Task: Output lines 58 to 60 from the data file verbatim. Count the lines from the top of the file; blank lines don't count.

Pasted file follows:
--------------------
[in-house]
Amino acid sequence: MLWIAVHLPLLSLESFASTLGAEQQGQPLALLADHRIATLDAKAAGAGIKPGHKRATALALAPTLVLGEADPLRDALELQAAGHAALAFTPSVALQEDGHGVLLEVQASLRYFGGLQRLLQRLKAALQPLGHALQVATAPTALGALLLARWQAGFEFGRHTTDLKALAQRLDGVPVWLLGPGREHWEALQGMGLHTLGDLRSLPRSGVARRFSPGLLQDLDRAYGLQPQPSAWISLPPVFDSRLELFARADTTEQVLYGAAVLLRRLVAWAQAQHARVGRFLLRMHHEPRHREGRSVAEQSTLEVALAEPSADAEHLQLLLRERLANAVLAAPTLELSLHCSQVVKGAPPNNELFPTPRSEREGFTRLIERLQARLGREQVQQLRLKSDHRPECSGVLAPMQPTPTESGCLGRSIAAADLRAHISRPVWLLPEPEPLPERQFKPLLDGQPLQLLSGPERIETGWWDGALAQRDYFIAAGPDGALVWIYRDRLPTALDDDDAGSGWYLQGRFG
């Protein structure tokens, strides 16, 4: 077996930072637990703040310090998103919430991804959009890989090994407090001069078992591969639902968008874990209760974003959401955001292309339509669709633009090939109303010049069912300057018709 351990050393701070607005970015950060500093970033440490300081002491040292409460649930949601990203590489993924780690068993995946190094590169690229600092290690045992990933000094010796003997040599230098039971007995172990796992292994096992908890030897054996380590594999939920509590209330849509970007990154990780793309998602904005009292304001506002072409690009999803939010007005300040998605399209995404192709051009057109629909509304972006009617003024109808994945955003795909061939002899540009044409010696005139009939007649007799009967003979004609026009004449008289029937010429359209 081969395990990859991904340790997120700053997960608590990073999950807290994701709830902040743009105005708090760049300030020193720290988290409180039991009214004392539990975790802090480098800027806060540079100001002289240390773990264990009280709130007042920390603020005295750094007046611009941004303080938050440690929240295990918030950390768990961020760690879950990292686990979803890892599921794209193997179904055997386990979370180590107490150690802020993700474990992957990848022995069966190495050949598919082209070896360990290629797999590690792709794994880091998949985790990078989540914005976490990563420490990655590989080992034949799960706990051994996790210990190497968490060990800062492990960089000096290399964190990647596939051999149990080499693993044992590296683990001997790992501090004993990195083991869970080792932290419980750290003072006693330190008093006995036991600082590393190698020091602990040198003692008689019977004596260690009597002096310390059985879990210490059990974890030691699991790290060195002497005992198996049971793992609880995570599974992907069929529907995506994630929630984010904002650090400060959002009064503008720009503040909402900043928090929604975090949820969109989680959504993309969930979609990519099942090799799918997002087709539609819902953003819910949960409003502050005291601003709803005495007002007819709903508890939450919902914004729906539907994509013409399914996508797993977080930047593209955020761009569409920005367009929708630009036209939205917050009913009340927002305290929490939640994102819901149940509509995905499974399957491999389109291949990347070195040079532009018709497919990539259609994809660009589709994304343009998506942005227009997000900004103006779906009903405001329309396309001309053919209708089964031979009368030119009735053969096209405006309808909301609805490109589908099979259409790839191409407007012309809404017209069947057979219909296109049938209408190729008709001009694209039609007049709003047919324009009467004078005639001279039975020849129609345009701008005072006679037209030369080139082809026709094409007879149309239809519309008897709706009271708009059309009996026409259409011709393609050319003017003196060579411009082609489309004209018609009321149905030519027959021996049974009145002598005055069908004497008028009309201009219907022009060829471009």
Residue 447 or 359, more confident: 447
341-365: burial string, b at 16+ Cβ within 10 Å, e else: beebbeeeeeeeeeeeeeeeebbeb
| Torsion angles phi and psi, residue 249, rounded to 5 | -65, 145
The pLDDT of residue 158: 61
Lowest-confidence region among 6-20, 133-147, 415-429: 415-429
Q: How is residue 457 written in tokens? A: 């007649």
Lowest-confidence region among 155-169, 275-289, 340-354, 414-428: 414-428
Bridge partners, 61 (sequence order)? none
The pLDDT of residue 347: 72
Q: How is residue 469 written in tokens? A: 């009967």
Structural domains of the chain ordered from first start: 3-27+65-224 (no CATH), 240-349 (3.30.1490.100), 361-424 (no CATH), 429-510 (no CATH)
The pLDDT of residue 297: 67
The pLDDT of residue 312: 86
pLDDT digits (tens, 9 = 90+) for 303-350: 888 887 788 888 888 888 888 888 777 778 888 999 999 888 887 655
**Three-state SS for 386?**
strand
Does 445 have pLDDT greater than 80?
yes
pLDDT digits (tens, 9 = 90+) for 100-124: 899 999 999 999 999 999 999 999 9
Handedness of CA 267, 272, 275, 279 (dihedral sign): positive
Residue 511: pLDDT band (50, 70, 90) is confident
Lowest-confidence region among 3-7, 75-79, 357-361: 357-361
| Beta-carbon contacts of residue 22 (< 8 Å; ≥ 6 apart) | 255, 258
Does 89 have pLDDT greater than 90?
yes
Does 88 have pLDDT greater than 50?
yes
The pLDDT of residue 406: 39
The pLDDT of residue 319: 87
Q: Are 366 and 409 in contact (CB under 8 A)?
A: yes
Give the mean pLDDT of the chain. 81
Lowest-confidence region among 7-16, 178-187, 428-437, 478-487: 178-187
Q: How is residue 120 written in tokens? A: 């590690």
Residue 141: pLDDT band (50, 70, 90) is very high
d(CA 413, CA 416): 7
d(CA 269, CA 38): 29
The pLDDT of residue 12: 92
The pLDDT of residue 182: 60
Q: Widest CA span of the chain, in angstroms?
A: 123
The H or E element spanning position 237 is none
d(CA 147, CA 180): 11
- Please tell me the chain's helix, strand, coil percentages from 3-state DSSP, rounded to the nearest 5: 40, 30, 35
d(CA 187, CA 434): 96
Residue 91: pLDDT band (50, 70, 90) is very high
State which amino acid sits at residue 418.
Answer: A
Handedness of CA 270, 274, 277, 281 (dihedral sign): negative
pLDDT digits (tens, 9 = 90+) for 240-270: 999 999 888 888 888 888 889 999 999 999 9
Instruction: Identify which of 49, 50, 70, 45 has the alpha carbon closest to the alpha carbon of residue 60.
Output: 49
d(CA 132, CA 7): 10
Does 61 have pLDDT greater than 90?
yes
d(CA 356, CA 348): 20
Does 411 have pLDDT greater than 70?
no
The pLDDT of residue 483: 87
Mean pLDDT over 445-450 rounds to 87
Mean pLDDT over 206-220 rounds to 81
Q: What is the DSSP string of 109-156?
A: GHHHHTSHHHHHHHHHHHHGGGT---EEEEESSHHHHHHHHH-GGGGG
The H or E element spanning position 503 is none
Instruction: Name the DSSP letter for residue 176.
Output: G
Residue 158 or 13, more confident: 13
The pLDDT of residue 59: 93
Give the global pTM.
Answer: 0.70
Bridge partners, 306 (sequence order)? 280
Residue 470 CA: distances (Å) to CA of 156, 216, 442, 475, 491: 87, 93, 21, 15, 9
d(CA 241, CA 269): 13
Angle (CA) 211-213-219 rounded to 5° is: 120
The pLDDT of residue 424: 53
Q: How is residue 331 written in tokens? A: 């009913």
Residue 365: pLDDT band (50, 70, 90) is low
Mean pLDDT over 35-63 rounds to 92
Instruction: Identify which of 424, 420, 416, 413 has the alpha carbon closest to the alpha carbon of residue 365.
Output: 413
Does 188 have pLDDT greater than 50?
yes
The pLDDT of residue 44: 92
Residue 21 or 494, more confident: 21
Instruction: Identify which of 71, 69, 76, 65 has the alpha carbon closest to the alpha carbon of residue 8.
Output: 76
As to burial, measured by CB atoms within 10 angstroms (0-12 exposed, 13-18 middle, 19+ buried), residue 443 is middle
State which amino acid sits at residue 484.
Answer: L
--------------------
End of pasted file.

yes
d(CA 356, CA 348): 20
Does 411 have pLDDT greater than 70?